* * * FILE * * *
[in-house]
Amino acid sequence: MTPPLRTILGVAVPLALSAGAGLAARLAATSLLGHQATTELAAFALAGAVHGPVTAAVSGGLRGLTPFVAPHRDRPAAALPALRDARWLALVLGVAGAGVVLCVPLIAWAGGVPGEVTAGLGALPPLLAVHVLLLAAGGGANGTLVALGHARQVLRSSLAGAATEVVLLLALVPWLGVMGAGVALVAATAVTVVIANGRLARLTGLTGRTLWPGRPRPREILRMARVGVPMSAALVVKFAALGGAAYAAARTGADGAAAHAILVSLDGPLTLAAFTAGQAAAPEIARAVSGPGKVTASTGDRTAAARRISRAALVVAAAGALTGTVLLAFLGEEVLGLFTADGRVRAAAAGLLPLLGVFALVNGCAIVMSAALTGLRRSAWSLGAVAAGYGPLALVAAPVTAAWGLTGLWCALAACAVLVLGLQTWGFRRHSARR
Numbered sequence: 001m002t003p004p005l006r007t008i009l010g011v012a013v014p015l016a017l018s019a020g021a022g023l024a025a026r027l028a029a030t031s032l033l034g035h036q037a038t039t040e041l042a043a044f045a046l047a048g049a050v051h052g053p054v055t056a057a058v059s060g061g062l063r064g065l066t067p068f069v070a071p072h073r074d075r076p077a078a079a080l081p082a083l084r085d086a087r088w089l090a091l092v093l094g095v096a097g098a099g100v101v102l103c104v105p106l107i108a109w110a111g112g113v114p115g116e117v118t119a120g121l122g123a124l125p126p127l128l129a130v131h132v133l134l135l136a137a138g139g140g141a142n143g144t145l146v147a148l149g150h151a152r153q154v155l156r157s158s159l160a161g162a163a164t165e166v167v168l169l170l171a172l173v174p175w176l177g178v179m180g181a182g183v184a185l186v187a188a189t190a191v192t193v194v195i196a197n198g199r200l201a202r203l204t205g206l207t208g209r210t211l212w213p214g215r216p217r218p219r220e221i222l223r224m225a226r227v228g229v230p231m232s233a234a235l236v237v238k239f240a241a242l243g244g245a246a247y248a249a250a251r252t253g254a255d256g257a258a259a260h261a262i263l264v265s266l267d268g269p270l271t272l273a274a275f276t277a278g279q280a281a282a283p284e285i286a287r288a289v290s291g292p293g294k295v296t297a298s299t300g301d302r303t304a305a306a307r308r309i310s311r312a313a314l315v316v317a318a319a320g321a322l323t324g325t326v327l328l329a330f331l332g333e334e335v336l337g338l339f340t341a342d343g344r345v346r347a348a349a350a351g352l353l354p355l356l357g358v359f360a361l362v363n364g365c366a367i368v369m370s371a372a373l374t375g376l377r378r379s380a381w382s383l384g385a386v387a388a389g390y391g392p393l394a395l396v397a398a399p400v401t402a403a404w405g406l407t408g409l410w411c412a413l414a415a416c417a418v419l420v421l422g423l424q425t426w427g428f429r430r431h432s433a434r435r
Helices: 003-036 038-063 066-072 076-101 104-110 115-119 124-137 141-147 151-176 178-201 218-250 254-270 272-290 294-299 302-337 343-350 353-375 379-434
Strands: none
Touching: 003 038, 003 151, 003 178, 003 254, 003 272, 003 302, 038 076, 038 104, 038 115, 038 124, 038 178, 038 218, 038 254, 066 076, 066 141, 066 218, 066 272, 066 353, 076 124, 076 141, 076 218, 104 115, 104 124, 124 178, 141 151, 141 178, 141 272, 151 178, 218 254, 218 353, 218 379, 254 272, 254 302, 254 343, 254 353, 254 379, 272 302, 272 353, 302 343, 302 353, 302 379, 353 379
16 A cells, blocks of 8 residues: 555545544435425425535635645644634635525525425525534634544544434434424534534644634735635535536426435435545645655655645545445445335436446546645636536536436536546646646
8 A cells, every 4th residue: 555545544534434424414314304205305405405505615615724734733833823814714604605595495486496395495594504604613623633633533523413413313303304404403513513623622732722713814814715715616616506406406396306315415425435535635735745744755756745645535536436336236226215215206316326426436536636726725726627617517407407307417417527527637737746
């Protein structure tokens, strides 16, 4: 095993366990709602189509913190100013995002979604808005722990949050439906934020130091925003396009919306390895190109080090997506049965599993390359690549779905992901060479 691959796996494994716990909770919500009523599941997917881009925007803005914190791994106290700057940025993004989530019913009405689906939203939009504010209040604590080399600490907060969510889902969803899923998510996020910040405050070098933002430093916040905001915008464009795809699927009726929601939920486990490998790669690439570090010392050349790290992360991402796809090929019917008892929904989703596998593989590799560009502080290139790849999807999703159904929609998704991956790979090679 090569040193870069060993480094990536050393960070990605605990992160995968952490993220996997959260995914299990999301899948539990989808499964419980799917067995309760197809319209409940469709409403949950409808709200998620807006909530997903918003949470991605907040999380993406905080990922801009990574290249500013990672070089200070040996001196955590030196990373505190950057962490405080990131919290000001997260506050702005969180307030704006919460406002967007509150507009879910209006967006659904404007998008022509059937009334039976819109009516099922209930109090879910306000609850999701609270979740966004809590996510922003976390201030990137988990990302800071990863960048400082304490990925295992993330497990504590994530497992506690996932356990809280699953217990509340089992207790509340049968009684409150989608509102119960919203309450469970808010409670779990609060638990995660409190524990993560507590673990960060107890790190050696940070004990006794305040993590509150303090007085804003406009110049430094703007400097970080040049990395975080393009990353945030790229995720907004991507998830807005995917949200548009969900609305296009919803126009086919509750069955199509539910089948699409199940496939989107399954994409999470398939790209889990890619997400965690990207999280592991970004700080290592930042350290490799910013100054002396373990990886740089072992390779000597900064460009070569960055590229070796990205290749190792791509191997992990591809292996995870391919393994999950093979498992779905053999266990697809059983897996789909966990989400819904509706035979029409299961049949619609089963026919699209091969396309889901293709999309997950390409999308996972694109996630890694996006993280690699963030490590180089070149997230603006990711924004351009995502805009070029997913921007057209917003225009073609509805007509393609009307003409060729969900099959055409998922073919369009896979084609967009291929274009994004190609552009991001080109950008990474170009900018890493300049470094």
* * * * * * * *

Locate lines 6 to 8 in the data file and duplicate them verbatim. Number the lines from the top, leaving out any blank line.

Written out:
Touching: 003 038, 003 151, 003 178, 003 254, 003 272, 003 302, 038 076, 038 104, 038 115, 038 124, 038 178, 038 218, 038 254, 066 076, 066 141, 066 218, 066 272, 066 353, 076 124, 076 141, 076 218, 104 115, 104 124, 124 178, 141 151, 141 178, 141 272, 151 178, 218 254, 218 353, 218 379, 254 272, 254 302, 254 343, 254 353, 254 379, 272 302, 272 353, 302 343, 302 353, 302 379, 353 379
16 A cells, blocks of 8 residues: 555545544435425425535635645644634635525525425525534634544544434434424534534644634735635535536426435435545645655655645545445445335436446546645636536536436536546646646
8 A cells, every 4th residue: 555545544534434424414314304205305405405505615615724734733833823814714604605595495486496395495594504604613623633633533523413413313303304404403513513623622732722713814814715715616616506406406396306315415425435535635735745744755756745645535536436336236226215215206316326426436536636726725726627617517407407307417417527527637737746